New York State Charities Aid Association, Records of Foster Home Investigations, 1910s

The development of child-placement manuals was an important part of the campaign to standardize the work of child welfare and establish minimum standards. The following examples are drawn from one early manual based on cases from the New York State Charities Aid Association, one of the first agencies in the country to professionalize its child-placement and adoption activities. The authors offered numerous examples, not only of good and bad homes, but of good and bad home studies. The first report excerpted below, about Mr. and Mrs. Hasbrouck, was presented as a thorough report on an excellent adoptive home. The second report was considered inadequate because “the investigation had failed to penetrate far enough to get at the real situation.” The child placed with the Peters was eventually removed because of the cruelty of the mother. If the agent had asked more questions about the period during which the couple cared for the children of Mr. Peter’s sister, the authors argued, this unfortunate situation might have been anticipated and the placement would never have been made. Investigators needed to guard against “accepting the superficial instead of getting down further into the facts to see what underlies the promising surface.”

When we place a child in a free foster home we feel that if everything goes well he will be a member of that family for life. . . . It is true that until he is of age or legally adopted the foster child is actually a ward of the agency. Nevertheless, the agency prefers not to stress that fact, except in certain crises of supervision. It tries to give both child and family the sense that the child belongs, first and last, to the family. . . .

There are certain generalizations which one can make about when to risk and when not to risk a placement about which one is uncertain. There are so many more homes available for all young children of fair history than there are children available that there is no reason for using a home which may turn out badly. In fact, for almost all the normal and fairly attractive children there are enough reasonably safe and good homes. . . . But for some types of children, for example, those of unpromising history, the doubtful home may be the only alternative to an institution. . . .

An Approved Home.— The home which is described as follows is a good example of the best type of foster home—not wealthy, but substantial and sound:

Application of Mr. And Mrs. Robert Hasbrouck.

Home.— The apartment is on one of the main streets, nearly opposite the public library. . . . The apartment is on the third floor, and well planned and convenient in every way. There are six rooms and bath; it is heated by steam and lighted by electricity. It is light and well ventilated. It has hardwood floors, but is furnished in an inexpensive way, in simple and good taste. They have a piano and a victrola. It is well kept up in every particular. . . .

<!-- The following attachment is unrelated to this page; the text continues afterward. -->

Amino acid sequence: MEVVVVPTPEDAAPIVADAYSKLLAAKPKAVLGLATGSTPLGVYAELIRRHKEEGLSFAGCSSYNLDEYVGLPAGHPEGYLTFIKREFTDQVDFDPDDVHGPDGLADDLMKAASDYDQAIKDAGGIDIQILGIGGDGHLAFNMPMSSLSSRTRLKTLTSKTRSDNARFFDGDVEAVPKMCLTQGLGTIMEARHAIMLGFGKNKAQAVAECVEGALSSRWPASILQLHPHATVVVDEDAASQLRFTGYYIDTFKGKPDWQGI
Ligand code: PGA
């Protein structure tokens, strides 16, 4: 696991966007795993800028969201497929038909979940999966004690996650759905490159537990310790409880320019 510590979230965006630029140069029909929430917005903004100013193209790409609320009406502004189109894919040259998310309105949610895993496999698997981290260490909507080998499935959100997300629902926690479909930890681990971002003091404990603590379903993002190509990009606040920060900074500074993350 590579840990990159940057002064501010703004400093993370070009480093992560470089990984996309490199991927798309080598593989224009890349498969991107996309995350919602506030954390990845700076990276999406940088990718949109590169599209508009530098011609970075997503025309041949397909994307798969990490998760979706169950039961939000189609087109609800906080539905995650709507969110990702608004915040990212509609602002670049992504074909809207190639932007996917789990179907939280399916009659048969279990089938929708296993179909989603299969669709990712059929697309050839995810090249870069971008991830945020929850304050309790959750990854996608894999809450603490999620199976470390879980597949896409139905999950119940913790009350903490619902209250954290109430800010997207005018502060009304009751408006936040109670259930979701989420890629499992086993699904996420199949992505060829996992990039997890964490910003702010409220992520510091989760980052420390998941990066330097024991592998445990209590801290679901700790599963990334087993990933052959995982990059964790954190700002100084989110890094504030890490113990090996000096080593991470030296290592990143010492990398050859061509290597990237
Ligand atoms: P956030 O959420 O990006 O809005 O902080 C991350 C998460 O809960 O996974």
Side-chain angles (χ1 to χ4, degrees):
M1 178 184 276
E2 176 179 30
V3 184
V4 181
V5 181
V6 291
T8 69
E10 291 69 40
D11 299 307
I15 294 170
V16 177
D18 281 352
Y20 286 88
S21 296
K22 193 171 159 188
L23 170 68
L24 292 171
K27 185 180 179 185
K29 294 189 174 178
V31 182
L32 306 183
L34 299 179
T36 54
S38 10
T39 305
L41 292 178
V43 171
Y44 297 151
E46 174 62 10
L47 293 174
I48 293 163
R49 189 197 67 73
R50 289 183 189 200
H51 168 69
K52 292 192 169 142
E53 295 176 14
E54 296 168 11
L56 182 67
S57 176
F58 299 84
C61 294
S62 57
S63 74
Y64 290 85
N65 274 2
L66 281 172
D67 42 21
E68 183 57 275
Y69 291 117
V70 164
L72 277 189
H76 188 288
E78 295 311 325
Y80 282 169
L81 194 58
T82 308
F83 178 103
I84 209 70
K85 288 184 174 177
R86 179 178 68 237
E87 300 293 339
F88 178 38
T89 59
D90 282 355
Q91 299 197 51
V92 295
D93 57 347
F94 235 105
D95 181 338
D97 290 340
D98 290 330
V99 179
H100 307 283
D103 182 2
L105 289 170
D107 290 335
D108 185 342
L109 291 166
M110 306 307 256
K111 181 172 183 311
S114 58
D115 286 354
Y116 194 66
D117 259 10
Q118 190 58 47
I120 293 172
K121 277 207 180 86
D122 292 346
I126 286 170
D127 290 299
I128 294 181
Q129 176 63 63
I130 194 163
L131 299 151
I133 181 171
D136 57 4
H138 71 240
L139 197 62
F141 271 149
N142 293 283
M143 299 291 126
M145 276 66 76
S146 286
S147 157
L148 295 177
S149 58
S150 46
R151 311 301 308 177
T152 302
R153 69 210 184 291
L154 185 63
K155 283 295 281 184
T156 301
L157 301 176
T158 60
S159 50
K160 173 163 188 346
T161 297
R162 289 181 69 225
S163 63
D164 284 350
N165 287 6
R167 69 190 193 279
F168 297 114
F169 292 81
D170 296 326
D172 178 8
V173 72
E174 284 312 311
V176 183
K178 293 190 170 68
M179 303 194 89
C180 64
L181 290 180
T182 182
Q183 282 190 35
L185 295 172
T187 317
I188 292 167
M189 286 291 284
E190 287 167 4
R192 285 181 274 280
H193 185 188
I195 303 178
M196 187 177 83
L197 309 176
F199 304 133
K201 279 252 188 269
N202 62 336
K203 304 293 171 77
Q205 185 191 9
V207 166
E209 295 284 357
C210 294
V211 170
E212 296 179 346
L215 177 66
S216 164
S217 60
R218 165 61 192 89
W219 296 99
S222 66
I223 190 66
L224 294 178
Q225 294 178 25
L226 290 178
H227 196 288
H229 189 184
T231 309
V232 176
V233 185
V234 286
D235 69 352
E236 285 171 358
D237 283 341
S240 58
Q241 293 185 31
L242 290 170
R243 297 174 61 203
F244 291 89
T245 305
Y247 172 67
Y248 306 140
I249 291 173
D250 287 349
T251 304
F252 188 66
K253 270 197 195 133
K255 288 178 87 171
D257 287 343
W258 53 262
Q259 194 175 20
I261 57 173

Occupations.— Mr. Hasbrouck has always been in the hardware business. He worked his way up from the time he was a boy and for the last five years has been a member of the firm of _____ and _____, _____ Main Street, _____. This is a first class firm and has a good trade. . . . He estimates his net income at about $5000 a year, and says the stock in the business is worth about $2500. He has no other investments. He caries about $11,000 in life insurance. They do not own any real estate. Mrs. Hasbrouck has never been in business.

History and Family.— Mrs. Hasbrouck is an American, thirty-four years of age. She would be good looking only she is too stout. She has regular features, brown hair which is waved, and gray eyes. She wore a simple embroidered blouse and plaid skirt. She is not well educated, but has refinement and uses good English. She has a good deal of poise, and is naturally reserved and quiet so that one does not feel acquainted with her in one visit. She seems intelligent and impresses one as a capable, practical person. She is positive and has depth of feeling. It was hard for her to mention her baby who died. She is not at all temperamental or emotional, and has a pleasing personality. She seems sincere and natural. . . .

Mr. and Mrs. Hasbrouck had one son, born two years ago, who only lived twenty-four hours. Mrs. Hasbrouck had a hard time when the baby was born, and the child was not strong enough to live. She says she has recently had an examination, and her physician knows of no reason why she should not have more children. . . .

Mr. and Mrs. Hasbrouck were married February 1, 1907, at _____, by the Rev. _____. Mrs. Hasbrouck’s maiden name was Margaret Davis, and it is the only marriage for both. After marriage they lived at _____, where Mr. Hasbrouck had a hardware business. They have lived in their present town for the last eight years. . . .

The atmosphere of their home is most harmonious. . . . Mr. and Mrs. Hasbrouck have musical tastes, and it seems to be rather a complete family circle, except for the absence of children.